I went out last night looking for the GEMINID showers.   What a bust!  Didn’t see any meteor debris lighting up the heavens, but then again, at 4AM, maybe I missed the big show. It was cold and blustery, and I didn’t spend too much time staring at the night sky.

Today is when I pack my bags.  I am having someone come by my apartment rental tomorrow at noon, and help me take my stuff (which isn’t that much, although I intend to buy some additional household supplies to bring in the car with me) to my next rental,  a gorgeous villa.

This means I only have to endure two more nights at Abu Tig marina, which appears pleasant enough to people who typically come here by day, and thus are unaware of the party animal circus it turns into at night over the weekends, which in Egypt begins on Thursday.

Putting up with this has been very stressful, and I have slept really badly for 3 months.  Between the nightclubs blasting music till 3AM most nights, the constant traffic noise in the street, the loud voices of pedestrians walking by, and the endless rental merry go round that takes place in this building, I am certainly looking forward to moving.

This weekend, I will set things up in the new villa — food supplies, internet, TV, phone, identifying the nearest bus stop location, in what is a quiet and thus remote part of El Gouna.

Perhaps I shall finally be able to lose those bags under my eyes from lack of normal sleep. I will also have to see if I need to buy additional battaniyas, or blankets, as it is getting very chilly here at night.

A recurring troubling aspect of things for me has been my left knee, which acted up again today.  I had planned to go to Element beach in the north part of El Gouna yesterday, but woke up with a bad limp, and thus had to spend much of the day in the apartment,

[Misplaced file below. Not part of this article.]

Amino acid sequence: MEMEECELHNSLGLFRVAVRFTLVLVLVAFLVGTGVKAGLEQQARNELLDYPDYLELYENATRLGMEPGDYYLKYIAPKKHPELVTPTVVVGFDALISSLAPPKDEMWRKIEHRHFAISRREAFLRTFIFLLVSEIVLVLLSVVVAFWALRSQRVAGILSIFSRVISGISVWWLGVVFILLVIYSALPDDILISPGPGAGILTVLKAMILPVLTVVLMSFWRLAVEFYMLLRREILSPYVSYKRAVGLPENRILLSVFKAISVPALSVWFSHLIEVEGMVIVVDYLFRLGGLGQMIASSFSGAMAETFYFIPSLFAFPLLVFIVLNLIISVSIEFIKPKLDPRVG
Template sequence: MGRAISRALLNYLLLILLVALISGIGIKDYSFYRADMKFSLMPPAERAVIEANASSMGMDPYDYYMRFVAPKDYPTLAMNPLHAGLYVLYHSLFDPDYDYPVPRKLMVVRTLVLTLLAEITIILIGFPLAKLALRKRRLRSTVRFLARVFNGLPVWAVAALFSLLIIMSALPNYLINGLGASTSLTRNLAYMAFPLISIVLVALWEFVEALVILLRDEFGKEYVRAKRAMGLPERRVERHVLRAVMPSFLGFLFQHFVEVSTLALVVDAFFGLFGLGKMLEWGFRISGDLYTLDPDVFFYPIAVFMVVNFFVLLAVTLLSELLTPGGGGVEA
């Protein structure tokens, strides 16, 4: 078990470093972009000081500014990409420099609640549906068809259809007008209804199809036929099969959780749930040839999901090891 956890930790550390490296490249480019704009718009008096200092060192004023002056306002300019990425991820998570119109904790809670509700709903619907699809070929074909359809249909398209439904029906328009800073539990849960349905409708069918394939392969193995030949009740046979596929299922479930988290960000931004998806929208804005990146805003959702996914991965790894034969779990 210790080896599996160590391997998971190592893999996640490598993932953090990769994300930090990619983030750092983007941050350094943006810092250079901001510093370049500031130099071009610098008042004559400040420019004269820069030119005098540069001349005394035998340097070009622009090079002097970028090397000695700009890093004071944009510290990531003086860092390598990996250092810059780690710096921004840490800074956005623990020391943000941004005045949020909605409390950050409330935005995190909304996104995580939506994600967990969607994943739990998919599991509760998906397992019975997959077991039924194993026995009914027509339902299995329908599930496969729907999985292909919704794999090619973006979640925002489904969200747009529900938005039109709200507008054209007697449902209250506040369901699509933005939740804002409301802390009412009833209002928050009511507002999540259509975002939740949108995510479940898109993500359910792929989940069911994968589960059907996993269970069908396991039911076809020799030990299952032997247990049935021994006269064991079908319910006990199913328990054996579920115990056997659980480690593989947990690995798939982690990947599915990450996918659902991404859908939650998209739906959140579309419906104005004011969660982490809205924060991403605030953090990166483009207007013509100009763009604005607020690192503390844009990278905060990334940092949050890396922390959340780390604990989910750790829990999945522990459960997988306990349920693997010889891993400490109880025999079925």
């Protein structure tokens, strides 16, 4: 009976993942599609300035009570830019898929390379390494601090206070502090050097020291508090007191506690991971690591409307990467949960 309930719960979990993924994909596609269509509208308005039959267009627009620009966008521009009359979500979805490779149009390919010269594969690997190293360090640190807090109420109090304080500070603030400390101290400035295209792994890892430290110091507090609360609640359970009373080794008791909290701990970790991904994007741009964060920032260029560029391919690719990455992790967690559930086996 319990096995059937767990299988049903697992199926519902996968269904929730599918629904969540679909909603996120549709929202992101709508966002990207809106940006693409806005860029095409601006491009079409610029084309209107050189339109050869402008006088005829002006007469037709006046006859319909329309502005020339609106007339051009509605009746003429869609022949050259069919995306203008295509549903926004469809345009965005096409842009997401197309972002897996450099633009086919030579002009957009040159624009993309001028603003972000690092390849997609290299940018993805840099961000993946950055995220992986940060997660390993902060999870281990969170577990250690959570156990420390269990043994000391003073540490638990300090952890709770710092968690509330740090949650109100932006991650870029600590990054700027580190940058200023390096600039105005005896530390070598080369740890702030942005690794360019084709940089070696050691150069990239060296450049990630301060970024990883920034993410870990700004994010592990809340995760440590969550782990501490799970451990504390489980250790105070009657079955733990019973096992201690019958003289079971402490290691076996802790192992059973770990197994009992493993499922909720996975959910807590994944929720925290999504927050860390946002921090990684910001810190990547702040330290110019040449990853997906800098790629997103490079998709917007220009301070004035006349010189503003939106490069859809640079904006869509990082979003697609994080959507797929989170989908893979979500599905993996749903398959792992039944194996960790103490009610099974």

I followed the Alabama special election results on CNN International, and other cable news channels, but also enjoyed a break from politics by watching Real Madrid beat some UAE club I never heard of called Jazeera FC,. I hope the TV setup will be in order so I can watch the Grêmio match on Saturday.

As has been the norm since certain unfortunate things happened last November, the news from the US is increasingly that of a disturbed country seemingly doing well economically (if you are a 1 per center), but falling apart otherwise.  The TV service here also broadcasts FOX.  Five minutes of Hannity is enough to convince me what a good idea it was to leave the poisonous atmosphere of America, where I have lived for more years than is good for one’s mental health and well being. The amount of hate and venom spewing from that country is beyond belief, and it is quite obvious that Macron and others are playing a much smarter game on the world stage.

None of this concerns me directly any more:  I want personal serenity at this stage of my life, and am betting that for now, El Gouna is the place to find it.